Latest posts by OldCompostHeap

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Posted: 24/08/2013 at 15:25

I took over my plot later in the year and picked raspberries in November! My advice is to leave them until then and see if you have any flowers/fruit in the meantime.

Summer fruiting canes in need of pruning are usually brown stemmmed and the leaves are yellow. There may be some dried fruit if the plot has been neglected. If the leaves are a bright green and the stem is not brown that will next years growth for summer fruiting, so leave alone.

Autumn fruiting are usually pruned in spring.



Posted: 12/08/2013 at 15:57
Sue Lovegrove wrote (see)

Oh there is a creeping Asian bramble underneath e but they are like yellowish raspberries.... Another surprise in my garden!! 

If the fruit turns bright red in the near future you might have a Japanese/N. American Wineberry, which I discovered  on taking over my allotment some years ago. The leaves look like raspberry leaves and turn yellow as they are fruiting. It is prickly and I cut out the obviously dead branches in spring and train the new growth up the side of my fruit cage. The fruits are very tart and usually it a race to pick the ripe ones before the birds, but they provide a change from raspberries.


Posted: 04/08/2013 at 16:37

If you have just planted rhubarb 2 months ago, you will not get much this year. It should have been planted in well manured soil earlier. However keep it well watered this summer until it tends to die back in the autumn. Then weed it and cover with compost for the winter. Next spring it will shoot again. If it is of a reasonable size you might be able to pick a few stalks next year. If not repeat and wait another year. Some varieties can't be hurried. I have 5 types, some early, some later, some when they feel like growing. Rhubarb likes water and was huge last miserable summer. This year its suffering from the heat, but we have frozen enough to last the winter. Best of luck!

Rhubarb. When/how to split the crowns?

Posted: 20/07/2013 at 14:52

As above post. If the current plant is healthy and producing a good crop, why bother? Why not try introducing some different varieties for the future? I would get an earlier or later variety depending on what you already have. I found my rhubarb varieties at the local market being offered for sale in early Spring. Job done!


Posted: 20/07/2013 at 14:41

Welcome to Norfolk. My allotment water butts are empty and I am having to transport water to save my beans and courgettes in this current dry spell. Although now it has finished drizzling here 10 miles south of Mundersley/Cromer its still cloudy on the coast.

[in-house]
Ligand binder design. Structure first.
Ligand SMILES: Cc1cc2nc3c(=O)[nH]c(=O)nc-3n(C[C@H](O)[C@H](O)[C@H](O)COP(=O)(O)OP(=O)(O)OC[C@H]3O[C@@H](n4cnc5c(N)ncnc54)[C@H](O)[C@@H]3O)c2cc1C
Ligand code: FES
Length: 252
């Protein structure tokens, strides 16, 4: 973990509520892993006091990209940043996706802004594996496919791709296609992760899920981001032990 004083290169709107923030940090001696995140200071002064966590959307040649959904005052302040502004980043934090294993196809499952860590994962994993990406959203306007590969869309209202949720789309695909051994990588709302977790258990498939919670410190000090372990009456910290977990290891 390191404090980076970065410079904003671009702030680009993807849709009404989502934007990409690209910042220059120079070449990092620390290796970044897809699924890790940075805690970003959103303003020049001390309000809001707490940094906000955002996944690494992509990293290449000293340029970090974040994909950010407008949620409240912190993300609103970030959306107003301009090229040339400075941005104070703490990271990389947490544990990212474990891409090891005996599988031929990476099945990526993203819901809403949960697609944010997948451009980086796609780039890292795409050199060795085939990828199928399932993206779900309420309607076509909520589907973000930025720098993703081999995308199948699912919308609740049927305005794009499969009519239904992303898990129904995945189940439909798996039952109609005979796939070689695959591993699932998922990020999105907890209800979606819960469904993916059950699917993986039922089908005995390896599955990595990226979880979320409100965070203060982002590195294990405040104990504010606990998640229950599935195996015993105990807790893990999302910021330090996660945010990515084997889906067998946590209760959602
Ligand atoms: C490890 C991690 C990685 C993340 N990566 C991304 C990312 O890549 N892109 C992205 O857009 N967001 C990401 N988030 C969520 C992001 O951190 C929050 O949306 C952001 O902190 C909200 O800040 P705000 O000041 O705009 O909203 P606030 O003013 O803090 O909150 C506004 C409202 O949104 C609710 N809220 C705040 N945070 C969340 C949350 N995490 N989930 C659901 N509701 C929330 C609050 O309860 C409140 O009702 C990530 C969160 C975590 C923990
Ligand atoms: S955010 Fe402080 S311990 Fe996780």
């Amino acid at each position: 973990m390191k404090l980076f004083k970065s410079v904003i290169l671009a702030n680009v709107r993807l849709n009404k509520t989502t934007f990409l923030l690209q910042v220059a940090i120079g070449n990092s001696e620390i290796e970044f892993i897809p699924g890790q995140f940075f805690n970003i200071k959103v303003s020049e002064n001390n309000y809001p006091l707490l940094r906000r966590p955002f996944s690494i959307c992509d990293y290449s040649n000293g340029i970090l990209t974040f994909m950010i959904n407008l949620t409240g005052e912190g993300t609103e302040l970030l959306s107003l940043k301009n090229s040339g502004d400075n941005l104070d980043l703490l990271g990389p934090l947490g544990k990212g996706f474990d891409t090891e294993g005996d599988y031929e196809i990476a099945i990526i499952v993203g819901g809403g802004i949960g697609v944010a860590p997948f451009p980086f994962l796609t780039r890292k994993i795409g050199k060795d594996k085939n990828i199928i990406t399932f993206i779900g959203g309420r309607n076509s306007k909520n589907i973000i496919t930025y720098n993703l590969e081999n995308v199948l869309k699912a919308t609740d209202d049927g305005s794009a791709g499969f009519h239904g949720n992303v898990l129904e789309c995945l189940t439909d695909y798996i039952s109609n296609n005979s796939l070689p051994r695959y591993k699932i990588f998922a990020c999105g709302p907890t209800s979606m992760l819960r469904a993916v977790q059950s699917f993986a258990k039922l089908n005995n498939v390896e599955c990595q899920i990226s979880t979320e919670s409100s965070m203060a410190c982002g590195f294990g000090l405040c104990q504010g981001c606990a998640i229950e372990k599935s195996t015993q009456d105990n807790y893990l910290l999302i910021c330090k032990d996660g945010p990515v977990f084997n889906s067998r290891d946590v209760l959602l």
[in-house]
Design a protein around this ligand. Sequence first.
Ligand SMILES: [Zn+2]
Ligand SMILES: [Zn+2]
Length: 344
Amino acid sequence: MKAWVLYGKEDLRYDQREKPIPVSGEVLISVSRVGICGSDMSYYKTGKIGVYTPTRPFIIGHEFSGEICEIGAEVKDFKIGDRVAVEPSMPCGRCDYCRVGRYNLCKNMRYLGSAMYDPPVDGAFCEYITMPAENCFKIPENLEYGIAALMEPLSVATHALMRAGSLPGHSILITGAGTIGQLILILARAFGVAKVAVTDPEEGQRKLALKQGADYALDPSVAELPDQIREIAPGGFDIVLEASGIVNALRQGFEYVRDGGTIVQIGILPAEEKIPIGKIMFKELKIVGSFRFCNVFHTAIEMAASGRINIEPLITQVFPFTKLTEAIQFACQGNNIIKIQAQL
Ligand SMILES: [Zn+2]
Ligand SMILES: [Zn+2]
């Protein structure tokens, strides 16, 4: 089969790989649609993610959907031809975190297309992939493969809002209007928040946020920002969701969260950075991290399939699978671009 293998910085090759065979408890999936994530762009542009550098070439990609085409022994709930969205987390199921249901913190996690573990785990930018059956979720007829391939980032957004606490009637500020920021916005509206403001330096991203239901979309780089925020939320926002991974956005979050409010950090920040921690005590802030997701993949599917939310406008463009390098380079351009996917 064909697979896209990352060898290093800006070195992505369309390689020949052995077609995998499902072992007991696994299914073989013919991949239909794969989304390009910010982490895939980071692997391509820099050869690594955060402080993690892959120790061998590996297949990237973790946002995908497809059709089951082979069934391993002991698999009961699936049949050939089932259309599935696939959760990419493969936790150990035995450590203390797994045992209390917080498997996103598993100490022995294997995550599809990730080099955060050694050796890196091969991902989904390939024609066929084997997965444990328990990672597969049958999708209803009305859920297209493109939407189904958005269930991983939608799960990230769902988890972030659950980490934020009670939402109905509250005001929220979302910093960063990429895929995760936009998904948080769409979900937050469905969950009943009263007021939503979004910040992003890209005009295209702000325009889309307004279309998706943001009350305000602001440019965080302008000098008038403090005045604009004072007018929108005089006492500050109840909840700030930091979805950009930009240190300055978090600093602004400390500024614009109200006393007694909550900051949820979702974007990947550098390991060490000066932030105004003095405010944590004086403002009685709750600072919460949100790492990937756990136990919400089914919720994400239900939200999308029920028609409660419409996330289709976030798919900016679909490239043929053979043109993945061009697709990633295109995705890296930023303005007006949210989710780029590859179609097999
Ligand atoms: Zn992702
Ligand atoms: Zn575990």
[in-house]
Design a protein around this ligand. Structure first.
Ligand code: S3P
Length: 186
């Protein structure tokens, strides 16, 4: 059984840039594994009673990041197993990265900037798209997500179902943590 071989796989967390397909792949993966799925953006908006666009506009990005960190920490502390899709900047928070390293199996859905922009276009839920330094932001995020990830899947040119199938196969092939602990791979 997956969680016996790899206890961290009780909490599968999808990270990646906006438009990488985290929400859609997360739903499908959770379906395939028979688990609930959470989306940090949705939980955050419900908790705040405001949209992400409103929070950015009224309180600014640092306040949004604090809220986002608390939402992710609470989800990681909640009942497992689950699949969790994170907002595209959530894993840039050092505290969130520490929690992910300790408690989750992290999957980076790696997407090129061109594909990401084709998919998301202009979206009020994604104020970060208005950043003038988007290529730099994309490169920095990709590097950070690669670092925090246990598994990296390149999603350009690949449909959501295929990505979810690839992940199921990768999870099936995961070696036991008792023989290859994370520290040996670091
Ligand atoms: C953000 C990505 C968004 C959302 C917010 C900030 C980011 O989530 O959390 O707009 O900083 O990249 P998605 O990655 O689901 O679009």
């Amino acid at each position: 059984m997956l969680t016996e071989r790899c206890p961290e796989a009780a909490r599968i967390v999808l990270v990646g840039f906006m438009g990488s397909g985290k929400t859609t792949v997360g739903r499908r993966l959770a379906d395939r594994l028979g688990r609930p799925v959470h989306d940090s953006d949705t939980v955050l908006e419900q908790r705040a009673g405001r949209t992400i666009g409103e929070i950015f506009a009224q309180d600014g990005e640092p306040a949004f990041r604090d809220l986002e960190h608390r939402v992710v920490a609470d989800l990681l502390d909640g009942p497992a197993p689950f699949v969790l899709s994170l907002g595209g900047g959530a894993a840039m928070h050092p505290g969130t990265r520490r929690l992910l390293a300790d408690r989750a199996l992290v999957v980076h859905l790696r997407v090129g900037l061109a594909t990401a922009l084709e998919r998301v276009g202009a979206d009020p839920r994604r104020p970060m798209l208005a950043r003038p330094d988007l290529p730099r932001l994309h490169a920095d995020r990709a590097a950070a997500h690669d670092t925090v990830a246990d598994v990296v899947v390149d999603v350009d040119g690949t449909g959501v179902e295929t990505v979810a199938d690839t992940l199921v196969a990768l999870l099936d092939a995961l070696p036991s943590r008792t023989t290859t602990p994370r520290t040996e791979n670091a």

As to your question, you might find containers as described at Car-boots or Auctions nearby. By the way I have found a water meter here cheaper than the Water rates in my last house.

Pruning Clematis Montana

Posted: 18/07/2013 at 16:39

I am replacing a leaky old shed with a potting shed in the Autumn.

When we arrived at my present house 7 years ago, I disguised the old shed with two Clematis Montana and sure enough they have covered it, beautifully. 

The usual pruning time I believe is after flowering, which I don't do as the birds like to nest in the clematis during spring and summer. I usually just tidy up the end growth late in the year.

So my problem is that the stems are quite thick near the base and I want to retain the clematis and train some leaders around the sides(away from the window) and over the top of the new shed if possible.

Would this kill the plants? or should I replant with new specimens? Yes I know that clematis are not planted in the same area as before or is this untrue?

Thanks in anticipation.

Green Rhubarb

Posted: 16/07/2013 at 14:02

Thanks for replies, I had seen the Hillier comment before. Will try this Green rhubarb as soon as current large batch of typical red stemmed has been processed for freezing and eating. Shall let you know when we try it.

Green Rhubarb

Posted: 15/07/2013 at 19:36

I bought a Glaskins Perpetual Rhubarb plant from a Nursery to go with the other 4 varieties that I grow on my allotment. It is probably about 3 years old now and each year I wait for the stems to go red. They are green and the only time that they are red is when they die. SWMBO questions whether it is edible. It is a total contrast to my other varieties. It cannot be its situation as the Champagne next to it is OK.

I shall be interested in any thoughts/experiences.

31 to 38 of 38

Discussions started by OldCompostHeap

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Pruning Clematis Montana

When is the best time? 
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Green Rhubarb

Glaskins Perpetual 
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